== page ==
SALMON, Idaho (Reuters) - The gray wolf will become the first creature ever removed from the U.S. endangered species list by an act of Congress, rather than by scientific review, under legislation sent to the White House on Thursday.
The measure, attached as a "rider" to a budget deal given final congressional passage by the Senate, would lift federal safeguards for more than 1,200 wolves in Montana and Idaho, placing them back under state control and allowing licensed hunting of the animals.
It also would bar judicial review of the decision to rescind the federal protections.
President Barack Obama is expected to sign the bill, which contains funding to keep to keep the federal government operating through the end of the fiscal year on September 30.
The rider is being hailed by ranchers who see the growing wolf population in the Northern Rockies as a threat to their herds. Cattle producers, hunters and state game wardens say wolf packs in some places are preying unchecked on livestock and other animals such as elk.
"This provision is the responsible thing to do to address a very specific problem," Senator Jon Tester, a Montana Democrat and a chief sponsor of the measure, told reporters shortly before the budget bill passed on a vote of 81-19.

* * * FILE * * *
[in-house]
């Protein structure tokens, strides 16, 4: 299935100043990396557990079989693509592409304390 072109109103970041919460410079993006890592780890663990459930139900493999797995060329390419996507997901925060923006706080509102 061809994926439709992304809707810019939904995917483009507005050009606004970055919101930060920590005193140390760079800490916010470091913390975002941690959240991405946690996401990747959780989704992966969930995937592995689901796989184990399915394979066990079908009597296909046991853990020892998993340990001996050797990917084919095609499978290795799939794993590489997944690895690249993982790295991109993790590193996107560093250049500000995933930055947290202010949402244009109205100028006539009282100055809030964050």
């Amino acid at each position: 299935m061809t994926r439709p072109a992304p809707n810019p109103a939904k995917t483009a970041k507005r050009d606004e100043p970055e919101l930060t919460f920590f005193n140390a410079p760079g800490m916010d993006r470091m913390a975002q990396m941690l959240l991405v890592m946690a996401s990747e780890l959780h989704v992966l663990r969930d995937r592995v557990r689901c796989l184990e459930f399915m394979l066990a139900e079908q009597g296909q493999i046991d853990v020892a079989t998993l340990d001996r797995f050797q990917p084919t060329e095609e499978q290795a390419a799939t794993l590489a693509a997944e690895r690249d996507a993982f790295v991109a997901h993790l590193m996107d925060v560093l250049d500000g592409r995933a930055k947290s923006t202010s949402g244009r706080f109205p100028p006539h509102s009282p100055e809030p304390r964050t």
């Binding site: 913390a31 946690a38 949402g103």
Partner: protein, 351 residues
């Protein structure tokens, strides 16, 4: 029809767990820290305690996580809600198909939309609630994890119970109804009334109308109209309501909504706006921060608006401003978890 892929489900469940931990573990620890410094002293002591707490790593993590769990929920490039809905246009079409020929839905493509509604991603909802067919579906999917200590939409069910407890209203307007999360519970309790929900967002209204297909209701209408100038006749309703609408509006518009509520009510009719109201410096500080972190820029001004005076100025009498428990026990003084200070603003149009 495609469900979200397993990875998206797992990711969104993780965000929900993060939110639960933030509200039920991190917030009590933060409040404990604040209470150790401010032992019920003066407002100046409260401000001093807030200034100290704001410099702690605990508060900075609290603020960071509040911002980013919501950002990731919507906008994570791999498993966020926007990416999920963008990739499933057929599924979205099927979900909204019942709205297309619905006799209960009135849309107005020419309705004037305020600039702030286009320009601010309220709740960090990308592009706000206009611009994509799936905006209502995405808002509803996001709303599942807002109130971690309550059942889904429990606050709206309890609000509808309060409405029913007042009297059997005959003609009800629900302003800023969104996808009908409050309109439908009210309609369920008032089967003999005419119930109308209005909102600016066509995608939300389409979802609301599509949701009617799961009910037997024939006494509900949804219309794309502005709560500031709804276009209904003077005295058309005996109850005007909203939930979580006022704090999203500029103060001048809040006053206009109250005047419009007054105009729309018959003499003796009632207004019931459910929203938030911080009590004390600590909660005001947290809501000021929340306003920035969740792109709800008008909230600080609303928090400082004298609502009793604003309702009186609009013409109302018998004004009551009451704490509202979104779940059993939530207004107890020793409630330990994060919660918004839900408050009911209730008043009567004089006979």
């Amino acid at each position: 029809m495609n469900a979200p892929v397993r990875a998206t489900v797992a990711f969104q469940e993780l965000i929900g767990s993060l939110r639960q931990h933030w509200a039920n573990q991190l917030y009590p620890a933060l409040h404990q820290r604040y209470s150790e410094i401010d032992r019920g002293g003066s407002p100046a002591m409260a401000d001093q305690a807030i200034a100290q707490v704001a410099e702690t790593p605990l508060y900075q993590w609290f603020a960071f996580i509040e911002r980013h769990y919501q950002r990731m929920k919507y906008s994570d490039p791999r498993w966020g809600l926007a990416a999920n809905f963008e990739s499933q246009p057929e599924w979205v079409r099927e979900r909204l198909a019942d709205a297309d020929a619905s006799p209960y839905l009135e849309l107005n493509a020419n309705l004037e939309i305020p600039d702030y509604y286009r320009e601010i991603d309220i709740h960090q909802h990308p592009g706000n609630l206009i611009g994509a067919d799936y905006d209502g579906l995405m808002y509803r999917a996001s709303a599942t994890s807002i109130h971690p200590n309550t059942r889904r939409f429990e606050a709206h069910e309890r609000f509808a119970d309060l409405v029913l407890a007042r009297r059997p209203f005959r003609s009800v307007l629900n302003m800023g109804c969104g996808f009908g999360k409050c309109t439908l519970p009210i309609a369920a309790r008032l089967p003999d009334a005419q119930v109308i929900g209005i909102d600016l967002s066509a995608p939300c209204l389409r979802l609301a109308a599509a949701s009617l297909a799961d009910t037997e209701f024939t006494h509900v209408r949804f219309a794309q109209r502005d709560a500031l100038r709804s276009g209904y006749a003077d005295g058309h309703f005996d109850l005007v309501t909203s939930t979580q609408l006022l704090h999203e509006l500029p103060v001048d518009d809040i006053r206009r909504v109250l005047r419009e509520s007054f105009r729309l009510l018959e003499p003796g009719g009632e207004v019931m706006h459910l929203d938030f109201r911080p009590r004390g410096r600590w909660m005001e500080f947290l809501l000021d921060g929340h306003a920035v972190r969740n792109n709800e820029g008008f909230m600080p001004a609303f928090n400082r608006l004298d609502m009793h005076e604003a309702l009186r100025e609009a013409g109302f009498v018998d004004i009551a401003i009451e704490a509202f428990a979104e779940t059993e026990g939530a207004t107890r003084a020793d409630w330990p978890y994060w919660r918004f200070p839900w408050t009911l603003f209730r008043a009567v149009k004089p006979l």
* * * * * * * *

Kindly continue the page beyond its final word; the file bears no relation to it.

Many environmental groups opposed de-listing the wolf through legislation, saying it takes the process of determining the health of a species out of the hands of scientists, and puts it in the hands of politicians.
The Obama administration had sought to quell the dispute by persuading wildlife advocates to embrace the management plans of Montana and Idaho as adequate to keep wolf populations at healthy levels now that they exceed recovery targets.
Some conservation groups backed a plan by the U.S. Fish and Wildlife Service to turn over control of Montana and Idaho wolves to state game authorities. But that proposal was twice rejected by a federal judge who ruled that it violated the Endangered Species Act.
Federal protections for a number of animals have been lifted over the years through a process of scientific review established under the Endangered Species Act. But this legislation marks the first time Congress has voted to remove an animal from the endangered list.
Reporting by Laura Zuckerman; Writing by Steve Gorman; Editing by Jerry Norton